Operation Finale movie review: A film about a high-stakes secret operation is curiously lacking in dread
Although it deals with a fantastic subject, boasts of a superb cast, and makes an honest attempt to tell a remarkable story, Operation Finale ends up delivering a rather uninspired two hours
Director Chris Weitz’s latest film — Operation Finale — opens with a sharply written scene. It’s Christmas eve, somewhere in Austria. Disguised as military officers, a team of Israeli Nazi hunter spies call upon a former officer of the SS who is currently in hiding, and shoot him down on his lawn, only to realise that he was not the man they were looking for. It is this opening sequence that sets the tone for the rest of the film — reminding us that in war, both victor and vanquished suffer collateral damage. It reminds us that no matter whose blood is shed, it is always shed at a cost.
The film centres around a dangerous extraction attempt by a team of Mossad secret agents, who travel all the way from Jerusalem to Buenos Aires, upon receiving a tip that the notorious Nazi war criminal Adolf Eichmann (Ben Kingsley) is hiding there as a commoner. The team itself is led by agent Peter Malkin (Oscar Isaac), who has been out of action for some time after the debacle in Austria. Malkin is also fighting his own demons — the haunting memories of a sister and her three beautiful children who were intercepted in the middle of the woods by Nazi soldiers and brutally tortured and killed. Eichmann, known as the architect of ‘The Final Solution’, planned and implemented the successful transportation and subsequent systematic execution of over six million Jews during World War II. Malkin and his team’s job is to locate, capture and successfully extract Eichmann from Buenos Aires — all without raising the suspicion of the Argentinian government, which is known to turn down formal extradition requests — so that he can be brought to the courts in Jerusalem to stand trial for his crimes during the war.
While the first half of the 120-minute film is set up brilliantly and due time is devoted to portraying how a chance encounter between a young man and a girl leads to the startling discovery of the fact that Eichmann is hiding in Argentina, the second is spent in Malkin trying to talk Eichmann into signing a declaration that he is willing to come to Jerusalem of his own accord. Notwithstanding the fact that Malkin is shown to do this while constantly fighting back a seething urge to avenge the merciless deaths of his sister and her children, it is the events of this second half whose credibility comes under serious doubt. I, for one, found it extremely difficult to believe that the most notorious, ruthless, cold blooded and level-headed Nazi leader would sign his own death wish so easily, merely because Malkin is a smooth talker and has appealed to his humanity. Irrespective of the historical accuracy of the events around this voluntary signature, I found this part of the film rather insipid.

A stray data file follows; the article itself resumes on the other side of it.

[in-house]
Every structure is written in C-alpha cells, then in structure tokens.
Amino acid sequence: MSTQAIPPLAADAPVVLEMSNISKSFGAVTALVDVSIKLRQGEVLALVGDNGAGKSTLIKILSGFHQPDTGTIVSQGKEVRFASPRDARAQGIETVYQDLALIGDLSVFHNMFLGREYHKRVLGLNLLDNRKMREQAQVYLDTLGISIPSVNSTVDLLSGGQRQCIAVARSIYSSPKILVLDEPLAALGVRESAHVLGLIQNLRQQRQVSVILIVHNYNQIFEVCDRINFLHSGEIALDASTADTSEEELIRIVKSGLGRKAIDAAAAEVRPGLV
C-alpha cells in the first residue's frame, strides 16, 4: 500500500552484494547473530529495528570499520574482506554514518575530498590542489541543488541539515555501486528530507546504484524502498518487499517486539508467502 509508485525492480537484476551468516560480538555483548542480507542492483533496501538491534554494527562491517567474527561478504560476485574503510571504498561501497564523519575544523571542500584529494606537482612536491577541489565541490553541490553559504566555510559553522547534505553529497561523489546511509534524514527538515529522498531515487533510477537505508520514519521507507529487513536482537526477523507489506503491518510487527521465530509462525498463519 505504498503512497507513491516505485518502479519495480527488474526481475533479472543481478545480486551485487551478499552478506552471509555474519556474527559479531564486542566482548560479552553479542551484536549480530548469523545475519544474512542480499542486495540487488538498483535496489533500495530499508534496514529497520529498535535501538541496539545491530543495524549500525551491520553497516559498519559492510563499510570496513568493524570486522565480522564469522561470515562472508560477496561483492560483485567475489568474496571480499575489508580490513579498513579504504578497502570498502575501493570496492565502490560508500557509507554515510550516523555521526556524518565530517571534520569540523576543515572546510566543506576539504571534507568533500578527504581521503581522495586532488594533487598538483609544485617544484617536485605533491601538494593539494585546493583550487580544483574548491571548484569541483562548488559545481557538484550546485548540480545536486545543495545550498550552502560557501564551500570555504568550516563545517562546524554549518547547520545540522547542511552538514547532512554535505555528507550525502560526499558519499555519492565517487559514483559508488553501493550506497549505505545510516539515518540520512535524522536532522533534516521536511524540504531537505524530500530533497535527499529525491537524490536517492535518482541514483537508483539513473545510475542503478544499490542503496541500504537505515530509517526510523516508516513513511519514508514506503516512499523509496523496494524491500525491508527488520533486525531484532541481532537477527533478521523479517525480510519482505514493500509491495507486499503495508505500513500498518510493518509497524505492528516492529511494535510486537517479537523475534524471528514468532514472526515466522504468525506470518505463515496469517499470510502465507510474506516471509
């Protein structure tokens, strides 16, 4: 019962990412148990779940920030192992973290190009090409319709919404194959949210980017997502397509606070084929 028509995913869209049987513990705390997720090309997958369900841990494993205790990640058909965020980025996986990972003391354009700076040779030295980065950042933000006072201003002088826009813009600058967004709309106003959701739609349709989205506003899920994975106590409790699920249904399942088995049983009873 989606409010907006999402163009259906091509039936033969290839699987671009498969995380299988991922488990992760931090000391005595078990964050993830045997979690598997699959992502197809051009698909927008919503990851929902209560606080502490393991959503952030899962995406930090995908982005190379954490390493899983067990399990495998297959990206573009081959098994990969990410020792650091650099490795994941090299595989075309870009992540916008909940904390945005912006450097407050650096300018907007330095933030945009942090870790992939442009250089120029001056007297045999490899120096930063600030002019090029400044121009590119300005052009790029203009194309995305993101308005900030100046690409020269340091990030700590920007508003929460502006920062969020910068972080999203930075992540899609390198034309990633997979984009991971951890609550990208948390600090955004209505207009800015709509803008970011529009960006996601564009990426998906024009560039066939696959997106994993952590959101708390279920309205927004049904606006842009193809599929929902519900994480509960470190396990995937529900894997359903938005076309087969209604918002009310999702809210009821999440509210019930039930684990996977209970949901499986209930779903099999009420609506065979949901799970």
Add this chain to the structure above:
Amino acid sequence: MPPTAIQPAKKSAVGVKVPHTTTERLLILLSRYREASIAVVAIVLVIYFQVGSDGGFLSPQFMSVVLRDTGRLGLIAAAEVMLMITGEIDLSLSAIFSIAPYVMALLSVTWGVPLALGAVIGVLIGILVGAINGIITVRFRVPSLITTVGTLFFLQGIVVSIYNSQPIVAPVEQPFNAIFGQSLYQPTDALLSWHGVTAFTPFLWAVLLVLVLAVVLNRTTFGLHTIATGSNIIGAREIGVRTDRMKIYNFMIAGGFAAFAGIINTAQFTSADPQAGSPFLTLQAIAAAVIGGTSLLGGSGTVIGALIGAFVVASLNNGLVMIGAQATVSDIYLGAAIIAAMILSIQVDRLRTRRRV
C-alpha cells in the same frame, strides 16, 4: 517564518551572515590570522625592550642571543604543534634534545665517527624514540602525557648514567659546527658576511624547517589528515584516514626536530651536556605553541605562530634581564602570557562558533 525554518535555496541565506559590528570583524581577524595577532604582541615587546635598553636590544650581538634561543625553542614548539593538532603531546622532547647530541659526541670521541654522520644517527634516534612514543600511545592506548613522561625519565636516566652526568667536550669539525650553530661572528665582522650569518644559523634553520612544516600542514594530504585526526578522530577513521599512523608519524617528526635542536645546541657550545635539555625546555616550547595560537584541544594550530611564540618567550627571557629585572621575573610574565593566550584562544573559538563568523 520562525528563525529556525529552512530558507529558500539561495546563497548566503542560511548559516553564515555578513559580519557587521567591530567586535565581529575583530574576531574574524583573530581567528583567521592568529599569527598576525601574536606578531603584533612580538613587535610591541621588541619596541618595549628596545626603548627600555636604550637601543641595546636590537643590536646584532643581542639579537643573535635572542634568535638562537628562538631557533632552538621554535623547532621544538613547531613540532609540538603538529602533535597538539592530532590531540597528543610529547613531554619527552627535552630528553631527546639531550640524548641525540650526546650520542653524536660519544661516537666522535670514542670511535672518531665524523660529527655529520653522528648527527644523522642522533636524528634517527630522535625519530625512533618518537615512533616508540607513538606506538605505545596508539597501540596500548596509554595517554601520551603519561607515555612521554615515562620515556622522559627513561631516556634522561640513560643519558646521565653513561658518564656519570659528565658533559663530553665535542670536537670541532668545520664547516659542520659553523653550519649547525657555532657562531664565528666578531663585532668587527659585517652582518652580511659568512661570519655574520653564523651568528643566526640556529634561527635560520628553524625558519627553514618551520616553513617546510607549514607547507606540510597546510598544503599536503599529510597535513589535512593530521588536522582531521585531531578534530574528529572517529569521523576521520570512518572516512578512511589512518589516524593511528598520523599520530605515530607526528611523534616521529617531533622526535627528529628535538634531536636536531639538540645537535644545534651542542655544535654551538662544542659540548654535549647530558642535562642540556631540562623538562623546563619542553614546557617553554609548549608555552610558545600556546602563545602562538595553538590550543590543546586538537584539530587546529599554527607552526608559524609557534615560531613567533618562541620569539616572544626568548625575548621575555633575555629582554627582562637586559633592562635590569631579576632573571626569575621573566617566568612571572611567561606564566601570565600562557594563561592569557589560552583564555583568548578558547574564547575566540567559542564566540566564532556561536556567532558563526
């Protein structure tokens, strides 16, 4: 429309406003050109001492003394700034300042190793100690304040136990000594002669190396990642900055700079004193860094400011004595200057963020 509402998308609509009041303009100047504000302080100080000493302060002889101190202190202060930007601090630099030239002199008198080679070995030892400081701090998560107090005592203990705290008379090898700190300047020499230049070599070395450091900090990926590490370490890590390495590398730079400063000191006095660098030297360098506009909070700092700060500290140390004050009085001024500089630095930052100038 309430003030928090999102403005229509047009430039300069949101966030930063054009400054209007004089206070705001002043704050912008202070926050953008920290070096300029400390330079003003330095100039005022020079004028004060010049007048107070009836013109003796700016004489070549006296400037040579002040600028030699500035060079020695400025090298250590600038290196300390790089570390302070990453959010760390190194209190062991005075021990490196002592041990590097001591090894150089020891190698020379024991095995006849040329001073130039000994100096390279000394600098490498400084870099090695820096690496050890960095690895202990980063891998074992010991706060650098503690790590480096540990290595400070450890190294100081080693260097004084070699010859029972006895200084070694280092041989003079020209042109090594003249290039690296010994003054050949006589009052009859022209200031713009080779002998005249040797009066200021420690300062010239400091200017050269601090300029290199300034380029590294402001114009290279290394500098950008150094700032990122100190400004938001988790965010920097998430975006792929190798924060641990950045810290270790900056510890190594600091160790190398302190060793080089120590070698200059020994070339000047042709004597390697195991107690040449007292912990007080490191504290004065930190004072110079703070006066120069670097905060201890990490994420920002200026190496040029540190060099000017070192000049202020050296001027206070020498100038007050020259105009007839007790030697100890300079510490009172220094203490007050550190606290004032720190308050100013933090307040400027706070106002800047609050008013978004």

There are several moments in the film which will remind you of other famous films. A spirited speech by Israeli Prime Minister David Ben-Gurion seems remarkably close to an emotional scene involving another Israeli Prime Minister Gold Meir in Steven Spielberg’s Munich. The scenes where Ben Kingsley’s character Eichmann is held in captivity in a safehouse will remind you of yet another Ben Kingsley film — Roman Polanski’s Death and the Maiden — in which an unstable and disturbed middle-aged woman holds a house guest (Kingsley) hostage in her seaside cottage. That is not to say that the said sequences in Operation Finale are plagiarised — no, not by any stretch of imagination. But the way they have been constructed and mounted comes across as an inspiration from the films referred to. Despite such glorious inspirations, one of the biggest problems with the film is that it tends to oversimplify the entire operation. There is hardly any sense of dread, of a clandestine operative team’s true intentions being discovered in the heart of a foreign land.
What really works in the film are the chilling depictions of the crimes against the Jews during the war. These scenes are bound to make your blood boil, and to be honest, when you see the architect of it all playing a charming and honourable gentleman trying to be nice to the people of a more liberated generation, it does feel a little fake. The vicious villain’s charm of courtesy and general sense of likeability is a trump card that has been played once too often, and in Operation Finale, it seems to have been played a little too early and with a bit of overconfidence, to boot. The result is a slightly artificial Kingsley, who never quite comes across as the devil incarnate. I would rather he would have been depicted as a cautious, calculating mind manipulator, whose intelligence preceded his courtesy.
Oscar Isaac too is brilliant, but only in parts. His relationships with his widowed mother and an estranged colleague and team member (Melanie Laurent, in a shockingly underutilised role) are both beautifully captured. But that’s about all I could say about him. In fact, it is some of the non-lead actors who shine in the film — chief among them being Michael Aronov as the team’s skilled interrogator, secret agent Zvi Aharoni.
Overall, I was a bit underwhelmed by Operation Finale. Although it deals with a fantastic subject, boasts of a superb cast, and makes an honest attempt to tell a remarkable story, it ends up delivering a rather uninspired two hours. A good one-time watch, at best.
Operation Finale is currently streaming on Netflix. Watch the trailer here:
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